Those who kill in the name of God do not know God

Traditional wisdom says that a fish rots from the head down. In other words, when a government or other organisation is dysfunctional the problem can generally be traced back to those at the top. The opposite must also be true – that when the head has integrity and wisdom, vitality and strength has to flow down to the rest of the body, and if that’s the case then the ongoing presence of Syria’s Mufti – Dr Ahmad Badr Al-Din Hassoun – bodes well for the rest of Syria.

I realise that many people label the Mufti as a hypocrite and a man of violence. I can only assume that those who make such accusations have never met him.

I still remember back in 1986 when my friend Mordechai Vanunu first published the truth about Israel’s secret nuclear-weapons factory, hidden under the Negev desert. There was no shortage of media commentators at the time who were depicting Morde, not only as a traitor but as a sophisticated foreign spy! Obviously these people did not know the man who was a part of my church – someone I shared meals with and prayed with.

I feel the same way about the Mufti. I have met him on quite a few occasions now, I have shared a meal with him and I have spoken with him at length. I am not easily fooled as to the character of a man and believe that the Mufti is exactly as he presents himself – a man who is full of love for all people and whose great desire for his country is for healing and reconciliation.

Dr Hassoun’s behaviour after the murder of his son, Saria, should have removed any doubts people had about his character. No one fakes their feelings at the funeral of their child, and the Mufti preached forgiveness during his son’s eulogy!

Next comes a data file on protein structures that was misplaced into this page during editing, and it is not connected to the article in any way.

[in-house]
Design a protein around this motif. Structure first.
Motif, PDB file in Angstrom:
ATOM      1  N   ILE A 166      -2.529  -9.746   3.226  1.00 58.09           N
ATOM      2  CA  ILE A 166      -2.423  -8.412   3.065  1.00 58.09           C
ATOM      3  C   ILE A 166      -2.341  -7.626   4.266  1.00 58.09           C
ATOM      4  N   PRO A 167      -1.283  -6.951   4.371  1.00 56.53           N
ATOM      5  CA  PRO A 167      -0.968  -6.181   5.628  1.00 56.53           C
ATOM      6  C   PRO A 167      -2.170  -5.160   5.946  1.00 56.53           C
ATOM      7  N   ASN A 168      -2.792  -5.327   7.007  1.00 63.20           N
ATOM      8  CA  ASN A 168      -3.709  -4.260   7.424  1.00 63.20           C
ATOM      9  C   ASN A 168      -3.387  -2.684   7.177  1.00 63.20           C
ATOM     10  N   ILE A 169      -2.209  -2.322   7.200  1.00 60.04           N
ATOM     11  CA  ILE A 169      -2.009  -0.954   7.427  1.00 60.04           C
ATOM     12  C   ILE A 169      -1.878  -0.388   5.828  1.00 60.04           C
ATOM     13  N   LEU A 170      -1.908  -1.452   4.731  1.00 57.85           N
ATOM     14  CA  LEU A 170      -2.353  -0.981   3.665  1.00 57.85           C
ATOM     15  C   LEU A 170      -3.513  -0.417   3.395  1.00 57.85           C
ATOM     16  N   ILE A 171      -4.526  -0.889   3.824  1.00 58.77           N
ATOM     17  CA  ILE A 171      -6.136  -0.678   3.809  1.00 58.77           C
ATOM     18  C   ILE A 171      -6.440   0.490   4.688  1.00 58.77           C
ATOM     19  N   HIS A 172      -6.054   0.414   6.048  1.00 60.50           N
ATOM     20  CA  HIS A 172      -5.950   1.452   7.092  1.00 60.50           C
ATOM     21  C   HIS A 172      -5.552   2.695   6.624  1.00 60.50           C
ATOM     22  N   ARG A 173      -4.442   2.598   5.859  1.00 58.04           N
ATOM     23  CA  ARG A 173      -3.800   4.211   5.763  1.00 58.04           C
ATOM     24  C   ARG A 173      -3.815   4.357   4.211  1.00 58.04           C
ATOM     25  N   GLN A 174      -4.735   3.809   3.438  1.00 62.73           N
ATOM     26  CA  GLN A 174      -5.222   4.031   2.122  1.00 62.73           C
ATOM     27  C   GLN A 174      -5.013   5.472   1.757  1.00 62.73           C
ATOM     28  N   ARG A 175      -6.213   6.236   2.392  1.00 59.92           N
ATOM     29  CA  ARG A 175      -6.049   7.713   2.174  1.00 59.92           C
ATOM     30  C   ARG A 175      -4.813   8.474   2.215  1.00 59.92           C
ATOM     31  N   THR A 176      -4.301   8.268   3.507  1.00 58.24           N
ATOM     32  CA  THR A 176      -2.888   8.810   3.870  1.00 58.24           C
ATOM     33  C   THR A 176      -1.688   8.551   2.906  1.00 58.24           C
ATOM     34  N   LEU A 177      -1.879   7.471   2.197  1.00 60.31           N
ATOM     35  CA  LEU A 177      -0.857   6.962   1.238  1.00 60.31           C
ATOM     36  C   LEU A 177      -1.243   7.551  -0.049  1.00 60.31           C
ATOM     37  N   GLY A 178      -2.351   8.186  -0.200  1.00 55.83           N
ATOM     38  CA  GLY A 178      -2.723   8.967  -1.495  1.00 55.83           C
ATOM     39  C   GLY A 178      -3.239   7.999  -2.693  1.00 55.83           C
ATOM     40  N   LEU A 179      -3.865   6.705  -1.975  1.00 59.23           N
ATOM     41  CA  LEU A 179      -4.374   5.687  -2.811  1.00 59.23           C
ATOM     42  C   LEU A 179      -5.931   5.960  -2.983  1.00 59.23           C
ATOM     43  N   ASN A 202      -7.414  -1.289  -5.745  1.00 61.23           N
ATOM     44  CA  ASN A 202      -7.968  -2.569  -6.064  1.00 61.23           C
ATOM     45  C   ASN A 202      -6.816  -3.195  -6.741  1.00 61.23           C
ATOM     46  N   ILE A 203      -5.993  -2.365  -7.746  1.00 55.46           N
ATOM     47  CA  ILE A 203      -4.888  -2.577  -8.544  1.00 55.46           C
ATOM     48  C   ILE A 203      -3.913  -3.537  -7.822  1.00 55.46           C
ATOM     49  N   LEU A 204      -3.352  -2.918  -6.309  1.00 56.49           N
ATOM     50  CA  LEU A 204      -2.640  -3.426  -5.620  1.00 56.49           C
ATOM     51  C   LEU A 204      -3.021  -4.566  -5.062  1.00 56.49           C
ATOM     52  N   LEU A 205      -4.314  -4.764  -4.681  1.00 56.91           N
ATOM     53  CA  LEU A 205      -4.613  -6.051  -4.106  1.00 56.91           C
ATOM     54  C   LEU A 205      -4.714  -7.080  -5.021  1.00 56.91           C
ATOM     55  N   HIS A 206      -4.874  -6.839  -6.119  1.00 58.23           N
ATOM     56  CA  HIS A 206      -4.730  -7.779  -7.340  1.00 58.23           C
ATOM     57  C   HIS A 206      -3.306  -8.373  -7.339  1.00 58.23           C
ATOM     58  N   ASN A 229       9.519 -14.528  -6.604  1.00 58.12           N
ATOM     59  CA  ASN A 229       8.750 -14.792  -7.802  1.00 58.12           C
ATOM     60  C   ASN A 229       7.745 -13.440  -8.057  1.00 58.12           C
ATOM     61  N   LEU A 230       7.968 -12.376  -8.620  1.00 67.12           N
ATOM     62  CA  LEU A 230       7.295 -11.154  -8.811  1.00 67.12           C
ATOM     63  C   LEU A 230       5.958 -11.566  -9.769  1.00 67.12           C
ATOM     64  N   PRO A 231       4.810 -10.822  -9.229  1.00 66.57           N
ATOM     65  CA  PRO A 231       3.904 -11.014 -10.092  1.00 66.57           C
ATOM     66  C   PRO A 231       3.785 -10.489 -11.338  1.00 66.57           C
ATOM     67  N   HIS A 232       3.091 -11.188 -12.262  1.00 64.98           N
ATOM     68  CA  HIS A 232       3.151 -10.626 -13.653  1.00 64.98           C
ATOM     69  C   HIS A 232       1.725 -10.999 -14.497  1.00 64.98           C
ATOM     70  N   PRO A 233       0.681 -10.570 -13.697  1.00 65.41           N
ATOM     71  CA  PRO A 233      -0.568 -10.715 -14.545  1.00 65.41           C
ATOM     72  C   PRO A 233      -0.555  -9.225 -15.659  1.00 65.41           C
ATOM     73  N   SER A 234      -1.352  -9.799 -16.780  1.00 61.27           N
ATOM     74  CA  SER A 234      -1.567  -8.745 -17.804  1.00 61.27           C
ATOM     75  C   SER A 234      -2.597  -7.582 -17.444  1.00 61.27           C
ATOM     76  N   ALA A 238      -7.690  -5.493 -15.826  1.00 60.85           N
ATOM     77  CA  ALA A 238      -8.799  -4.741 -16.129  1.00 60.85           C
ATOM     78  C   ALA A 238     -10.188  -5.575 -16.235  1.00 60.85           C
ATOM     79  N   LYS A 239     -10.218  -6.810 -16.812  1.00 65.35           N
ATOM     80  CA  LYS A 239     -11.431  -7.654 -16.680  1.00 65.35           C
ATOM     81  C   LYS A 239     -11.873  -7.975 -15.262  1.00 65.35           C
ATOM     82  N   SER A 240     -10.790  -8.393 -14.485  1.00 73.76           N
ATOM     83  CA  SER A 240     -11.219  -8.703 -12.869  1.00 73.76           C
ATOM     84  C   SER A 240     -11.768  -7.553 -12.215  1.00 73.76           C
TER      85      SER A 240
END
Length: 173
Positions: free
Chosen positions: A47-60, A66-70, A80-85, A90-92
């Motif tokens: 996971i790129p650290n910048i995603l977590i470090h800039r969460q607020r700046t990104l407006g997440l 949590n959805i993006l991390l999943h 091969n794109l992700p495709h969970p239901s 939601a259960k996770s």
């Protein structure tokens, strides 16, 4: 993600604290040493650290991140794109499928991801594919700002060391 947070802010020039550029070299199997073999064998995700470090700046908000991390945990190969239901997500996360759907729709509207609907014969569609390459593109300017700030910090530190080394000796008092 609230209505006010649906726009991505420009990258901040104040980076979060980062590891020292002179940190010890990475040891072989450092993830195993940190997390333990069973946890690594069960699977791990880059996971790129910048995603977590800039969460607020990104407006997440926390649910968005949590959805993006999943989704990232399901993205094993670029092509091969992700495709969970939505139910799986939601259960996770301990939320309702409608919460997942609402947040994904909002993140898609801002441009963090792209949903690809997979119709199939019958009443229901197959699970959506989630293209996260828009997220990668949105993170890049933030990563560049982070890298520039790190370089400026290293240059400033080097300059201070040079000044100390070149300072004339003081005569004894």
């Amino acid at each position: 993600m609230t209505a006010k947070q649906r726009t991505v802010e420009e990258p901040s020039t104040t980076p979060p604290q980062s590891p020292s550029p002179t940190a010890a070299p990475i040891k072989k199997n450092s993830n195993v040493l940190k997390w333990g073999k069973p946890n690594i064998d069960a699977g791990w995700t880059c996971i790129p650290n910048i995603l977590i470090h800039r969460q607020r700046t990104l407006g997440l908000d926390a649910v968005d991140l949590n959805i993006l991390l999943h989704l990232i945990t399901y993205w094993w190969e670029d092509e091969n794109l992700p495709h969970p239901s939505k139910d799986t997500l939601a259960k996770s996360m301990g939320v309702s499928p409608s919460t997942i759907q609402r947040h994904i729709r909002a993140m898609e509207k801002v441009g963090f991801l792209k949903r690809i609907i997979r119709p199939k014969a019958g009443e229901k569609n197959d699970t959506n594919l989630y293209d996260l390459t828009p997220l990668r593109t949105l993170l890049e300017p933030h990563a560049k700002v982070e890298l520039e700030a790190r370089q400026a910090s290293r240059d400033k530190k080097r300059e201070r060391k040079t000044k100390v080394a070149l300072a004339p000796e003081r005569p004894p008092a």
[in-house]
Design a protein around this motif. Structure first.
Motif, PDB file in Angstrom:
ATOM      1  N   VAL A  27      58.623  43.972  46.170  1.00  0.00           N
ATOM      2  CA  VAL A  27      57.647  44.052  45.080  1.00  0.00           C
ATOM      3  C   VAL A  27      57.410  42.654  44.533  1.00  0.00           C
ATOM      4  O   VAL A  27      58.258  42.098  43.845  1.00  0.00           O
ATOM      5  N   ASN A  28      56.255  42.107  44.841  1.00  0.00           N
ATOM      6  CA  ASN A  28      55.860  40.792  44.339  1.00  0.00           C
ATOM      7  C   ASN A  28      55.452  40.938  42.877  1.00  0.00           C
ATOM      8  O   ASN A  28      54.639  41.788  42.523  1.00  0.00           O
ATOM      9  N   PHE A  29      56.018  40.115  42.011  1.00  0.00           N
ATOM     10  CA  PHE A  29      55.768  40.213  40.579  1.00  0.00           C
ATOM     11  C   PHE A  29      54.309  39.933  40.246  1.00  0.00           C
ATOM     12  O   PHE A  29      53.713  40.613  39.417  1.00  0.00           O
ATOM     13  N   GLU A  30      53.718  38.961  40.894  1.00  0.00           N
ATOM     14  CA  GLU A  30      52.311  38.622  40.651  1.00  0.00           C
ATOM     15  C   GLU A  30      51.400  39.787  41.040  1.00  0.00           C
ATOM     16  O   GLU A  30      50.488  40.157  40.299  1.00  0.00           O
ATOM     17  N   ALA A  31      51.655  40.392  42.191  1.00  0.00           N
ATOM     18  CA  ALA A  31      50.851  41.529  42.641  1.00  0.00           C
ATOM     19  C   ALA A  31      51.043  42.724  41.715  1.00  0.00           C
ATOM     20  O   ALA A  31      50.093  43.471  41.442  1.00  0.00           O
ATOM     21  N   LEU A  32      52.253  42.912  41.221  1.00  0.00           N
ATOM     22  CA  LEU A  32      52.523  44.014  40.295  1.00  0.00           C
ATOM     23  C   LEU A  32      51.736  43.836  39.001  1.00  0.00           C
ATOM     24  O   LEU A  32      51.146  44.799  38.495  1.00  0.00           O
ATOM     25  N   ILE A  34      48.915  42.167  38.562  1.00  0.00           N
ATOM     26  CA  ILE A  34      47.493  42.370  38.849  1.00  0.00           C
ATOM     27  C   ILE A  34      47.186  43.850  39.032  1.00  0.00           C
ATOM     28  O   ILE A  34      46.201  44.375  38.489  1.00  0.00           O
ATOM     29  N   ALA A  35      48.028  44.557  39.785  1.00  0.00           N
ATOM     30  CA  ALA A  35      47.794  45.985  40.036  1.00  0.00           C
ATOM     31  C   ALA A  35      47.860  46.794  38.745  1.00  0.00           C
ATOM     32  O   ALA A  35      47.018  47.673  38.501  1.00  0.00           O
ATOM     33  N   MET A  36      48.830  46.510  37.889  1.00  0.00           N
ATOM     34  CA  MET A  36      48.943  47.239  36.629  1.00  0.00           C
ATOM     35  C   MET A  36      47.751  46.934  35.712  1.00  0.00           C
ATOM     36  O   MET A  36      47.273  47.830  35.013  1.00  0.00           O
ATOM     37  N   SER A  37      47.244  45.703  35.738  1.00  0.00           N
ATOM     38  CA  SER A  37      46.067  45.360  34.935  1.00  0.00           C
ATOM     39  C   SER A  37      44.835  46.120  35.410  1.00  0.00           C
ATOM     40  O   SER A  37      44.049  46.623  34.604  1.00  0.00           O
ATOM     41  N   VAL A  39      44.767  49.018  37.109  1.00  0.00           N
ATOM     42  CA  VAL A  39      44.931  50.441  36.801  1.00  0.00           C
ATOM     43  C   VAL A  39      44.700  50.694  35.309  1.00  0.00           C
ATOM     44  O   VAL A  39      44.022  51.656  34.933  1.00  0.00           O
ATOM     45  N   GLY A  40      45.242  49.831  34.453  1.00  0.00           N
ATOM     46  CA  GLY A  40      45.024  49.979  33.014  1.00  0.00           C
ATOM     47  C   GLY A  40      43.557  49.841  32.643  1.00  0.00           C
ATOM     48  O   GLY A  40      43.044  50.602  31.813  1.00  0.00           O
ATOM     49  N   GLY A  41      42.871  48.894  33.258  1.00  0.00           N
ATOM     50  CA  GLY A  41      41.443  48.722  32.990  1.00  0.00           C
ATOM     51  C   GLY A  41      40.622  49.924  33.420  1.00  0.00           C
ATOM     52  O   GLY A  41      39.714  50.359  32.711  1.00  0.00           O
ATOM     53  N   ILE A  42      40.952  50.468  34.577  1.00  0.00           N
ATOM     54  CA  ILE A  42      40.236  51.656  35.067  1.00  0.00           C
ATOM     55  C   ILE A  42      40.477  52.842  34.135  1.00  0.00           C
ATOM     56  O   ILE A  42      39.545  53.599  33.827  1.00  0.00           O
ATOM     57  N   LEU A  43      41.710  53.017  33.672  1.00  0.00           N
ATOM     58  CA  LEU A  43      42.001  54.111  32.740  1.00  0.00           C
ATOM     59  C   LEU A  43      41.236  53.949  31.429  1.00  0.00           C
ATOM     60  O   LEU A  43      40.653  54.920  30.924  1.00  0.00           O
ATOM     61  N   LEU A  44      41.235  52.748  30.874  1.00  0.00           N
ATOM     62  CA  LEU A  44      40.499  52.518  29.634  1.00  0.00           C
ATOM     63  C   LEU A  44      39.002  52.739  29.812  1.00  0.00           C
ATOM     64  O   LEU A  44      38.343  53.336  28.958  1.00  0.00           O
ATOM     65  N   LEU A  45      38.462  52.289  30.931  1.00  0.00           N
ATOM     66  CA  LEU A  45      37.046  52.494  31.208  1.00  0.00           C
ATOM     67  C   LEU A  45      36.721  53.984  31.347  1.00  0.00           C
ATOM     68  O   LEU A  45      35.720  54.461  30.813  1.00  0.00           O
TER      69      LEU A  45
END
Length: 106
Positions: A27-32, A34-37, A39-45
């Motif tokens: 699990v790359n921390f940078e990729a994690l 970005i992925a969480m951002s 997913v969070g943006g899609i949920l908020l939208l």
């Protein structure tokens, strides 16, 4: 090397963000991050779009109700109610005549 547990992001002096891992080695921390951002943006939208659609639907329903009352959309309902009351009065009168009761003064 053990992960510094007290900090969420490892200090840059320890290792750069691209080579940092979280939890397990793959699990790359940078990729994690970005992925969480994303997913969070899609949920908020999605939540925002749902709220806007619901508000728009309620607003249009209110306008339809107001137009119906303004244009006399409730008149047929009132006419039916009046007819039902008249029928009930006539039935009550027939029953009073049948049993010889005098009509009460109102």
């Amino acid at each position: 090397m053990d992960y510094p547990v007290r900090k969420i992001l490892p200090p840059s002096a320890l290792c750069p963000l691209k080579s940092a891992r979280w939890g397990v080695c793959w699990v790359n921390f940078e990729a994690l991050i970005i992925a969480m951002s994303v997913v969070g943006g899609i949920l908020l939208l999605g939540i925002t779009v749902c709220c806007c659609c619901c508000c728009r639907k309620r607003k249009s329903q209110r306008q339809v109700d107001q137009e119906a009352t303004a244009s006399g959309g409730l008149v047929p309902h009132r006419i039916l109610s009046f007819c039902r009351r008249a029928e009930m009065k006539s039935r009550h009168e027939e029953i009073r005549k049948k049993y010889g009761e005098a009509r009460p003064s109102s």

Dr Hassoun offered forgiveness to those who had killed his boy and appealed to them to put down their weapons and re-join their country. And lest anyone think we was somehow deranged by grief at the time, the Mufti stayed true to his offer when, a year later, two of the killers were caught. He went to the court and offered them forgiveness in person, and asked the judge to forgive them too!

The character and integrity of the man cannot be doubted, and indeed his love and integrity shine through in the interview he did with me. Further, his words humble me as a Christian.

Consistent with the teachings of Jesus, the Mufti refuses to hate anybody, but prays for his enemies (Matthew 5:44).

Rather than dehumanise his enemies, he speaks of them as being ‘patients’ for whom he is responsible, echoing the sentiments of Jesus when he was challenged over His open attitude towards sinners – “those who are well have no need of a physician, but those who are sick.” (Luke 5:31).

And likewise the statement of the Mufti that I have taken as a title to this article – “those who kill in the name of God do not know God” – echoes the teachings of the Apostle John who wrote “Whoever claims to love God yet hates a brother or sister is a liar. For whoever does not love their brother and sister, whom they have seen, cannot love God, whom they have not seen.”

When the disciples looked to Jesus for an example of how a good Jew should live he told them a story, but it wasn’t a story about a good Jew but about a good Samaritan – a man from a different race and religion altogether! If today’s followers of Jesus want to know what a good Christian looks like, I don’t think they need to look any further than Dr Ahmad Badr Al-Din Hassoun – the good Mufti!

Father Dave


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